During Prohibition, FEMA supported federal legislation allowing the sale of flavors and extracts that were "unfit for beverage use," and helped the federal government establish the "drawback" mechanism.
It is recognized that methods of production may affect the safety assessment of food ingredients (FDA, 2012). Flavoring substances may be produced in a variety of ways and the FEMA Expert Panel’s assessments to determine the status of flavor ingredients as “generally recognized as safe” (GRAS) includes a review of the method of production for the ingredients. This statement addresses how recent developments in new methods of production of flavoring substances are addressed within the FEMA GRAS™ program.
FEMA GRAS™ Status and Methods of Manufacture
It is long-standing FEMA policy that significant changes in the use or production of FEMA GRAS™ flavoring substances require that their GRAS status be reevaluated by the Expert Panel. The Expert Panel states its policy in GRAS determination letters.
Significant changes in use levels within an approved category, or use in new food categories, require a re-evaluation of this material by the Expert Panel. Re-evaluation may also be required if there is a significant change in the composition or production method of the product in commerce. (emphasis added). The Expert Panel reserves the right to re-evaluate the GRAS status of this substance if new relevant data becomes available or if there is a significant increase in the annual volume of use of this substance.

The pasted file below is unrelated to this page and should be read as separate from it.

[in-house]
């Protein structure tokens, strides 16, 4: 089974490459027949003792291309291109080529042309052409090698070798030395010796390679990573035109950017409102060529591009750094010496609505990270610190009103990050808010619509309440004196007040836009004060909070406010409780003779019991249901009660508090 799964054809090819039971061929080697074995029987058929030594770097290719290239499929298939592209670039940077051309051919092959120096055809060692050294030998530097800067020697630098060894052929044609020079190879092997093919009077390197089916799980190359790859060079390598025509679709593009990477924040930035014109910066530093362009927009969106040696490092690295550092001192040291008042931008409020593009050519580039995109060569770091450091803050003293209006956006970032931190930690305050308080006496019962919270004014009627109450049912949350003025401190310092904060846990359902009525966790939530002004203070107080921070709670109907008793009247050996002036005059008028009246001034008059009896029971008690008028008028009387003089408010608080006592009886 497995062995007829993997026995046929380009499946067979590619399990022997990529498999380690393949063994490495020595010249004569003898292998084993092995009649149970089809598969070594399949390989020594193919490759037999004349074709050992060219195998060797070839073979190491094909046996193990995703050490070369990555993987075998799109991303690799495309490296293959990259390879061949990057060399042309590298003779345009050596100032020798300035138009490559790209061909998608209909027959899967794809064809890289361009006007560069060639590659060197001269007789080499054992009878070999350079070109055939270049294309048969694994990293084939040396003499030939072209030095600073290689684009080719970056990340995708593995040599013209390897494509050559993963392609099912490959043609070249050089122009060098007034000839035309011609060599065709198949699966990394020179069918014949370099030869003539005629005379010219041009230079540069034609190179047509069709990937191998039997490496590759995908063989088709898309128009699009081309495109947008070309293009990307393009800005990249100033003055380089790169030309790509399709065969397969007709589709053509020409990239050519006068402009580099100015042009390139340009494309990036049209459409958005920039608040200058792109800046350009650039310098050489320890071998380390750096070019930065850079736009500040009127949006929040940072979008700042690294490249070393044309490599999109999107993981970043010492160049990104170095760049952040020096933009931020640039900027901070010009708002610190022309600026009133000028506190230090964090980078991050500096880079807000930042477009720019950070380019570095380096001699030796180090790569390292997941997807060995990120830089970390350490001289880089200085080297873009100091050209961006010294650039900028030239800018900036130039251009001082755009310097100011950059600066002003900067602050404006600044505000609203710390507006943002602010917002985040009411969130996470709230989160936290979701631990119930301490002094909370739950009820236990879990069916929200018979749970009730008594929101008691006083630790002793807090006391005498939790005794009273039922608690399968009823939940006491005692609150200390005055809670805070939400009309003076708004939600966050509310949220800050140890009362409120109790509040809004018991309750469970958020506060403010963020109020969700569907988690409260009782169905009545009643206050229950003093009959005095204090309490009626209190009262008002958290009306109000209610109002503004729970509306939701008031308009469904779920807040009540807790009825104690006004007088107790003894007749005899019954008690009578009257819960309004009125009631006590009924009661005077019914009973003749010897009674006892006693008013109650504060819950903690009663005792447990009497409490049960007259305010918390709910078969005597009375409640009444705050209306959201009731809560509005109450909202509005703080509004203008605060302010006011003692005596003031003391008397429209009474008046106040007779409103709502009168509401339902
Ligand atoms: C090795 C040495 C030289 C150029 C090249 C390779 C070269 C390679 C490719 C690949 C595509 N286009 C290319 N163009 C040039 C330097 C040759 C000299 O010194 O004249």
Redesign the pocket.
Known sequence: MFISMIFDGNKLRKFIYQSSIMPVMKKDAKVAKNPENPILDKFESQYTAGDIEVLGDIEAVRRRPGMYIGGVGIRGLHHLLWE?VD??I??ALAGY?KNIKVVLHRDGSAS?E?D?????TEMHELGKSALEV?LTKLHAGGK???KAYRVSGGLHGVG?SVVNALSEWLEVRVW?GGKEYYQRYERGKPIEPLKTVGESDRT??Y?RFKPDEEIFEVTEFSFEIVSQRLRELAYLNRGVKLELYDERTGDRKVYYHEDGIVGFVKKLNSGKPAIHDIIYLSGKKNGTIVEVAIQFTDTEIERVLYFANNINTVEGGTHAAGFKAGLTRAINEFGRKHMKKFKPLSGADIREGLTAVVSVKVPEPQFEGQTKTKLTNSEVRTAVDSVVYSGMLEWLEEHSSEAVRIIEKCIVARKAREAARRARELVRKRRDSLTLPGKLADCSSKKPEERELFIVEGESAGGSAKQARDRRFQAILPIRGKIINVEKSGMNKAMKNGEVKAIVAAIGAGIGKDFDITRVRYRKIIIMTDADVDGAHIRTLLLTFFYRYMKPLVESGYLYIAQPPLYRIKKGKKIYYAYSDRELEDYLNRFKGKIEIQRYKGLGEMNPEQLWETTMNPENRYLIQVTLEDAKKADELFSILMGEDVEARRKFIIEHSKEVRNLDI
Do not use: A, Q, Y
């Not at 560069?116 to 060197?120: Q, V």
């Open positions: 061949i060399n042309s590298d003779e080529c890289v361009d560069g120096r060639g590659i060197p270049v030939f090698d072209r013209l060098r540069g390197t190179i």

The Expert Panel’s policy is consistent with guidance issued by the Food and Drug Administration (FDA, 2012) which indicates that methods of production for new food ingredients and new methods of production for food ingredients already in commerce should be reviewed to assure that they do not result in potential safety concerns.
The Regulation of Flavors in the United States
The vast majority of flavoring substances are added to food in the U.S. under one of three legal authorities (Hallagan and Hall, 2009) - as GRAS substances or food additives under FDA regulation (approximately 1,000 flavoring substances), or as GRAS substances through the FEMA GRAS™ program (approximately 3,000 flavoring substances). Nearly all flavoring substances listed by FDA as GRAS or as approved food additives in the Code of Federal Regulations also have FEMA GRAS™ status.